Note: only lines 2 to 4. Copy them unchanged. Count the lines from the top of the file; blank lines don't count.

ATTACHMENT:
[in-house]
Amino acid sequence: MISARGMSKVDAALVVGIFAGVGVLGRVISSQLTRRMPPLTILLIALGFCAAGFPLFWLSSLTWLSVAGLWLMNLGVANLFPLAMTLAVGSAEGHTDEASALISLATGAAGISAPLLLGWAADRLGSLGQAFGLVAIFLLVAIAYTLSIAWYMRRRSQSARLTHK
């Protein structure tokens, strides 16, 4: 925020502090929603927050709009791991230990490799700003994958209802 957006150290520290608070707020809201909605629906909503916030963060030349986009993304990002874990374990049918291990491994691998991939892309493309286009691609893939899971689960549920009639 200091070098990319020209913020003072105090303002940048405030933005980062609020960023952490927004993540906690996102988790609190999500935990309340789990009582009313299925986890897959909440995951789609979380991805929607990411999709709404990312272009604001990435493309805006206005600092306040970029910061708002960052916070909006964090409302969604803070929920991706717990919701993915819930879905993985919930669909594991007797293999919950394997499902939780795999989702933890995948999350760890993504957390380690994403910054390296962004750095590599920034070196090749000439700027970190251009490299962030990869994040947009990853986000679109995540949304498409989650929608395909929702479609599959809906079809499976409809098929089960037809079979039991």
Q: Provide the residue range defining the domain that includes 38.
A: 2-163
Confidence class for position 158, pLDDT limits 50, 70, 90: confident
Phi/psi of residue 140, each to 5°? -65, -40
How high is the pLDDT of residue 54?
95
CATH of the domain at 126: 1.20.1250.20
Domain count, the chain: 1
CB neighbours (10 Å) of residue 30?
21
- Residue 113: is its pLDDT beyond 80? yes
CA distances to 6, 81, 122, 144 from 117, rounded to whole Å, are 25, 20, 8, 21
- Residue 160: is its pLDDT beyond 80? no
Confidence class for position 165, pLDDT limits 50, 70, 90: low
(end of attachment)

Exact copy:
Amino acid sequence: MISARGMSKVDAALVVGIFAGVGVLGRVISSQLTRRMPPLTILLIALGFCAAGFPLFWLSSLTWLSVAGLWLMNLGVANLFPLAMTLAVGSAEGHTDEASALISLATGAAGISAPLLLGWAADRLGSLGQAFGLVAIFLLVAIAYTLSIAWYMRRRSQSARLTHK
């Protein structure tokens, strides 16, 4: 925020502090929603927050709009791991230990490799700003994958209802 957006150290520290608070707020809201909605629906909503916030963060030349986009993304990002874990374990049918291990491994691998991939892309493309286009691609893939899971689960549920009639 200091070098990319020209913020003072105090303002940048405030933005980062609020960023952490927004993540906690996102988790609190999500935990309340789990009582009313299925986890897959909440995951789609979380991805929607990411999709709404990312272009604001990435493309805006206005600092306040970029910061708002960052916070909006964090409302969604803070929920991706717990919701993915819930879905993985919930669909594991007797293999919950394997499902939780795999989702933890995948999350760890993504957390380690994403910054390296962004750095590599920034070196090749000439700027970190251009490299962030990869994040947009990853986000679109995540949304498409989650929608395909929702479609599959809906079809499976409809098929089960037809079979039991």
Q: Provide the residue range defining the domain that includes 38.